In the vaporous slang of marketing, brand
identity is a protean phrase that can refer to
many things: the uniform of a stewardess, the
suspenders of a CEO, the brands of liquor in
a bar, and stationery, too – all the junk that
companies, corporations, institutions and now
even entire cities haul around in order to distinguish
themselves in the chaos of the society
of spectacle, which masks and muddies everything.
Therefore, Peter Saville must have been slightly perplexed when his hometown Manchester commissioned him to redesign its identity. An anarchic quick-change artist who rejects his every new appearance as soon as he adopts it (Saville designed record sleeves for cult bands such as Roxy Music and Pulp, then was a member of Pentagram, etcetera, etcetera), Saville has returned to his city’s 19th-century roots to invent a concept that would reinforce the pride of a community in a serious slump. Like many other cities, Manchester is slipping into decline for its ideological commitment to a welfare society.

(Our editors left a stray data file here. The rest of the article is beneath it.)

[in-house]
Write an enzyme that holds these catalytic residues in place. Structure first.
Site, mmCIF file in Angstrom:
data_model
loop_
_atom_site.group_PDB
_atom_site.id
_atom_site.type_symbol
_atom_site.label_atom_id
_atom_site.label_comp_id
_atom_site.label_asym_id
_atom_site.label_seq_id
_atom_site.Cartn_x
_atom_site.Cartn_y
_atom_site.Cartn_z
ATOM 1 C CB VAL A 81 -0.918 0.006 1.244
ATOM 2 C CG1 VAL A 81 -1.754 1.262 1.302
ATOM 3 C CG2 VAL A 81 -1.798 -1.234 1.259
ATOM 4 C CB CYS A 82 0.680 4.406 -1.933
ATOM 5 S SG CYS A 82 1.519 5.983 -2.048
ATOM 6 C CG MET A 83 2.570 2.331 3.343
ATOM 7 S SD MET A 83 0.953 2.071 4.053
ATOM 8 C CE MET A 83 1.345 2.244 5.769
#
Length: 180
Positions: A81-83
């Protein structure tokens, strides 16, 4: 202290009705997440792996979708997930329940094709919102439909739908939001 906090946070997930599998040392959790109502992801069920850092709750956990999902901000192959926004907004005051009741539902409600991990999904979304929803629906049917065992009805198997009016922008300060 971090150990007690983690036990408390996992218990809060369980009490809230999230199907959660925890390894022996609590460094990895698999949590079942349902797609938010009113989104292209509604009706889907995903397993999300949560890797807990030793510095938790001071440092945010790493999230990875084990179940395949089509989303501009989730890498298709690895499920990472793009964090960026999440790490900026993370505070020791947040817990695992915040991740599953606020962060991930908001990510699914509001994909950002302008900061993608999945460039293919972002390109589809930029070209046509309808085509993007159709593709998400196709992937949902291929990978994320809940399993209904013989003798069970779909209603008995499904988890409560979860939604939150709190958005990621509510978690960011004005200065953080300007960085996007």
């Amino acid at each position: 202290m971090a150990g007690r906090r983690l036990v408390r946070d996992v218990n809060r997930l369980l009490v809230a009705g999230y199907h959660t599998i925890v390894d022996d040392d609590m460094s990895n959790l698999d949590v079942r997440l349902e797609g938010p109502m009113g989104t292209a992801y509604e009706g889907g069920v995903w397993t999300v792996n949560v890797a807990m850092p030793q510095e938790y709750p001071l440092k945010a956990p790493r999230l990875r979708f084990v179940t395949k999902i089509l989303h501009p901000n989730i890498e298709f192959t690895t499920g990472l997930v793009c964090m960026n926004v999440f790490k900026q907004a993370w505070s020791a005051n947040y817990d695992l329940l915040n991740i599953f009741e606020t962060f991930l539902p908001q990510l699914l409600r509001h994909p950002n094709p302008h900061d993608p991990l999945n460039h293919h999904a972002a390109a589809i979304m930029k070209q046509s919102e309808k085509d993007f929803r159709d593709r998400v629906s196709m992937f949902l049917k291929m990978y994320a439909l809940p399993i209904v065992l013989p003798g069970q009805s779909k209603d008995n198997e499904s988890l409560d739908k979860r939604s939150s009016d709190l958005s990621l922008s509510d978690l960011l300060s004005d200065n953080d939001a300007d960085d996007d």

And so Saville conceived of the slogan “Original Modern”, a title under which to write the design novel of New Manchester. A novel or maybe an entire saga, because redesigning the identity of such a complex place means designing not only graphic elements, as perfectly fitting as they may be, but also and especially, as Rachel Combie of Marketing Manchester affirms, “to apply creativity and innovation to the physical regeneration of the city itself”. In other words, to consider the whole social, anthropological, ethical and architectural city-and-citizens as a holistic body upon which to intervene organically, in order to allow the entire community to return to a contemporary life that is worth living.